The refuge is a whole bunch of swampy marshlands with mud and vines and dead branches all over. Insects constantly shrieking. Pelicans and other water birds off in the distance. Old dykes that seem to have created some polders or at least shallow pools - not sure if for salt, or aquaculture, or what. Rusted up oil derricks and pipes everywhere. It was awesome. I spent about an hour cycling around and probably could've spent all day. I really hope i get to see more of that sort of thing as i get more into the deep south.

Because of the morning conversation and refuge diversion, i was starving. I didn't make it to Denison so just got gas station tacos at Pottsboro instead. Why does a gas station have a taqueria inside? Because Texas, that's why. The tacos were pretty good, but probably not enough calories. I'm still struggling with how to eat more. It feels so unnatural and gluttonous.

I did stop at Denison to pick up some Ursack supplies and chat with a lunching Walmart employee, then continued along the back roads past big ranches and little ranches, Trump flags and Texas flags, lake houses and mobile homes. Multiple times i had dogs charge out of the yard barking and growling, chasing me down the street.

It disgusts me that people train their dogs to be aggressive like this. It's bad enough that these animals have been forced into intergenerational servitude in the first place, but then to deliberately breed them to be more vicious than a wild canine, it makes me sick. If anything domesticated animals should be more docile, getting fed and petted and walked all day as they do. It's only gotten worse the further south i have come. I feel like the people who perpetuate this must have a screw loose. Why isn't it a law to leash, fence or put down all violent dogs? Fuck. Put down their owners too. I suppose the reasoning is similar to thinking it's a great idea to own a gun for protection, but i don't understand that either. These folks don't seem to realize that they are the ones who are making society dangerous for everyone else.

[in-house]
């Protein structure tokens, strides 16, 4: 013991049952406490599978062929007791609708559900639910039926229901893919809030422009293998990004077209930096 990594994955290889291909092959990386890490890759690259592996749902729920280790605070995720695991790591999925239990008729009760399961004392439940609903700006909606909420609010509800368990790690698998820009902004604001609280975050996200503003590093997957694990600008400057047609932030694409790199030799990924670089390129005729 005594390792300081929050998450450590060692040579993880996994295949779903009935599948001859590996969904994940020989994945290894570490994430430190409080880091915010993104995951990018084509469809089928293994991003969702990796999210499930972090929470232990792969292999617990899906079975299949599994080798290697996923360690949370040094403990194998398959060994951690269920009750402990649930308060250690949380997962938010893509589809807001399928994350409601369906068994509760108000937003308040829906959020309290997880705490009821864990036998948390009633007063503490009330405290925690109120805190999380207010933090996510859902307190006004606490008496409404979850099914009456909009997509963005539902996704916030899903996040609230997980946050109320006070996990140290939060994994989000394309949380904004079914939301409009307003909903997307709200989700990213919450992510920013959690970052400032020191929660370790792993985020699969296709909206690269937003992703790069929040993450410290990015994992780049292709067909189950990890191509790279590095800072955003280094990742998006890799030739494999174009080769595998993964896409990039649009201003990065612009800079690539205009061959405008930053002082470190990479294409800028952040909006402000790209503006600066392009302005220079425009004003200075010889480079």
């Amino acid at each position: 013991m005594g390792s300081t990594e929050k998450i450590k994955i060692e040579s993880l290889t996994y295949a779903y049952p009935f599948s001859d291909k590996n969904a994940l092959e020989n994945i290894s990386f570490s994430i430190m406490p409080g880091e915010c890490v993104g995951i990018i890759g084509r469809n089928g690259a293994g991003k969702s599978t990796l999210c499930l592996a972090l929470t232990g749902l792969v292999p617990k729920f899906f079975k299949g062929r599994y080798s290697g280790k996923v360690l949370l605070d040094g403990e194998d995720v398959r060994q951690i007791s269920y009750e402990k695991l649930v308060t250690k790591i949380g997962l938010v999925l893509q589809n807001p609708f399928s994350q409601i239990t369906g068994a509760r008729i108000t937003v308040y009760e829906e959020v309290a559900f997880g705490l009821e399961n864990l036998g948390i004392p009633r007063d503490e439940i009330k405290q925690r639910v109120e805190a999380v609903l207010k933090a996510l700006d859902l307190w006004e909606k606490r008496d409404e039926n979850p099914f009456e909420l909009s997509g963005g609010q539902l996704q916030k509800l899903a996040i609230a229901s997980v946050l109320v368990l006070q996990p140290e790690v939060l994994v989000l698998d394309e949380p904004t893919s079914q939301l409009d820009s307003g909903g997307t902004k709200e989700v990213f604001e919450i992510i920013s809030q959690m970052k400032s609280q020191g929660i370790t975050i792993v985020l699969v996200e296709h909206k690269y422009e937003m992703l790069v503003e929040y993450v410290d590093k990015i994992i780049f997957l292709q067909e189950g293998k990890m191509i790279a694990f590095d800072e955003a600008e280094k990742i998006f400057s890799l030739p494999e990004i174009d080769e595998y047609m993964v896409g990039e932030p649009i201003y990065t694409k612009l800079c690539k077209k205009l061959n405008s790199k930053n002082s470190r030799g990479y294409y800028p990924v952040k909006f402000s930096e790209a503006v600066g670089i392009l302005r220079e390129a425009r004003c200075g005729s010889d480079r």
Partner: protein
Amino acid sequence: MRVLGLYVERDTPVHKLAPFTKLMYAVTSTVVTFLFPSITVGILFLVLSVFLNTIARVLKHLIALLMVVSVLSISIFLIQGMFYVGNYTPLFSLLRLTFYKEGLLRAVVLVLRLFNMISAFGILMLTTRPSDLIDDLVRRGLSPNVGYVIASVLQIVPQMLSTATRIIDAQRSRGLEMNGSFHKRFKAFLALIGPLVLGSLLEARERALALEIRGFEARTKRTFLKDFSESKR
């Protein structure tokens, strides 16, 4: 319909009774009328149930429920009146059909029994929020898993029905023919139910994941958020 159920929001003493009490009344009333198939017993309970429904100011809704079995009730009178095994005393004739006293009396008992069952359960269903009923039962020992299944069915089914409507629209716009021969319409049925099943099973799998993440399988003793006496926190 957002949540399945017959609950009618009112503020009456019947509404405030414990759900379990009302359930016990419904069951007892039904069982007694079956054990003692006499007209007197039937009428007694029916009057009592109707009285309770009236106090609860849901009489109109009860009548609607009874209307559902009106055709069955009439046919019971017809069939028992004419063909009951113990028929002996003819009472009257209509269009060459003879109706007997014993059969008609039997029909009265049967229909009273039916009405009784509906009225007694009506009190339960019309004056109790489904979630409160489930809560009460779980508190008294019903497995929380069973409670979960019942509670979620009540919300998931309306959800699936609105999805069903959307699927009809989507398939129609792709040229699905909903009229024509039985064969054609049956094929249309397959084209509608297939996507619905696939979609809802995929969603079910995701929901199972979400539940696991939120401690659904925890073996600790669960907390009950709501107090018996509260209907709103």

And that is my rant on dog and gun ownership. Thank God a car didn't try run me down too or y'all would've gotten a trifecta of me hating on things a lot of people inexplicably love.

Anyway, after evading the attacks of a half dozen psychos' dogs, i got to Lake Bonham. It's just a small local lake for the nearby town. Middle of the week, there is a small community of long-term RVers in the front, nobody in the back. Peaceful spot to sleep. It is very humid. The insects are going wild. Feels like i'm really in a new place now. The hot and heavy subtropics. Let's go.

-o-

Today i was chased by dogs again. It's getting to the point where i dread cycling past people's houses because inevitably at least one house every mile or so is going to belong to a psychopath whose dog will literally run into the highway - cars and all - just to try to attack me. Fuck dogs, fuck dog owners and fuck all this bullshit.

Deep breath.

Speaking of dogs, when i was in Oklahoma i started watching Reservation Dogs. It's a comedy about indigenous kids living in a small town on the rez. It's very funny and worth watching the whole season, but cycling past all the ranches today reminded me of a scene where one of the kids and their dad go out hunting. They run across a couple of Texas ranchers whose only lines are "taxes", "Mexicans", "wokeness", "cancel culture" and so on. It made me laugh because it's such a perfect representation of these cranky right wing elites who seem to spend all their life grumbling about how the world is being destroyed by liberals while still paradoxically doing all the same shit they always did. If this is the liberal takeover, it is some weak sauce revolution, lordy.

Another thing i thought about was calories. I stopped at a donut shop in Bonham, because it seems every Texas town had about 6 donut shops and no bakeries. Seriously, i haven't seen this many donuts since leaving Canada, which has an obnoxious amount of donut shops hidden inside coffee shops. I kind of hate donuts. They are too sweet, too soft, and don't feel satisfying in any way. After i eat one it just feels like i ate some butter and sugar. Actually, butter and sugar spread onto bread would taste better. This might be my Dutch heritage showing. Although the Dutch have their own donuts called oliebollen, so that doesn't make sense. Anyway, they also had a hot dog bun at this place, but they called it a pig in a blanket, so i guess it's a standard thing in the US. I got an "apple fritter" which basically is a donut that tastes exactly the same as all the other donuts, but it has a fruit in the name so it sounds healthier, i guess?